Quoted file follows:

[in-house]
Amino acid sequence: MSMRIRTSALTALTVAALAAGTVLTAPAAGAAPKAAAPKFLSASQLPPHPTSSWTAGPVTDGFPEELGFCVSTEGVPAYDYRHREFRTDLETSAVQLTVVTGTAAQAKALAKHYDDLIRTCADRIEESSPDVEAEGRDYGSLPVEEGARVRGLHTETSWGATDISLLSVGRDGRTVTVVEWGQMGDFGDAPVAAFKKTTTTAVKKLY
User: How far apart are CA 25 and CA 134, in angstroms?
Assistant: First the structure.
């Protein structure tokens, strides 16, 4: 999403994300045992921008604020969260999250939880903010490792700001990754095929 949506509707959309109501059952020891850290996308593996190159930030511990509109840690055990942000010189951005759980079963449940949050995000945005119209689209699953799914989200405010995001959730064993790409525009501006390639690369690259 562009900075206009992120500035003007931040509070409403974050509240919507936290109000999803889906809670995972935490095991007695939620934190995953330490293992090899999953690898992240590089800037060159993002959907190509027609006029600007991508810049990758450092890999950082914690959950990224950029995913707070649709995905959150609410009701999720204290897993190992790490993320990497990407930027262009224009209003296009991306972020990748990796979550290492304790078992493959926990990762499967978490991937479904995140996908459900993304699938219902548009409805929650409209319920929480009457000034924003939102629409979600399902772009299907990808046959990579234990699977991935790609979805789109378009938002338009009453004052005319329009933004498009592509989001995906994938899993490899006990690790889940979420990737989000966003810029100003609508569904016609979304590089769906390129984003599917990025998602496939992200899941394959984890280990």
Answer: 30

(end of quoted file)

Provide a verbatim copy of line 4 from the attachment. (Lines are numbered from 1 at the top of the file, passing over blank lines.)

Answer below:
Assistant: First the structure.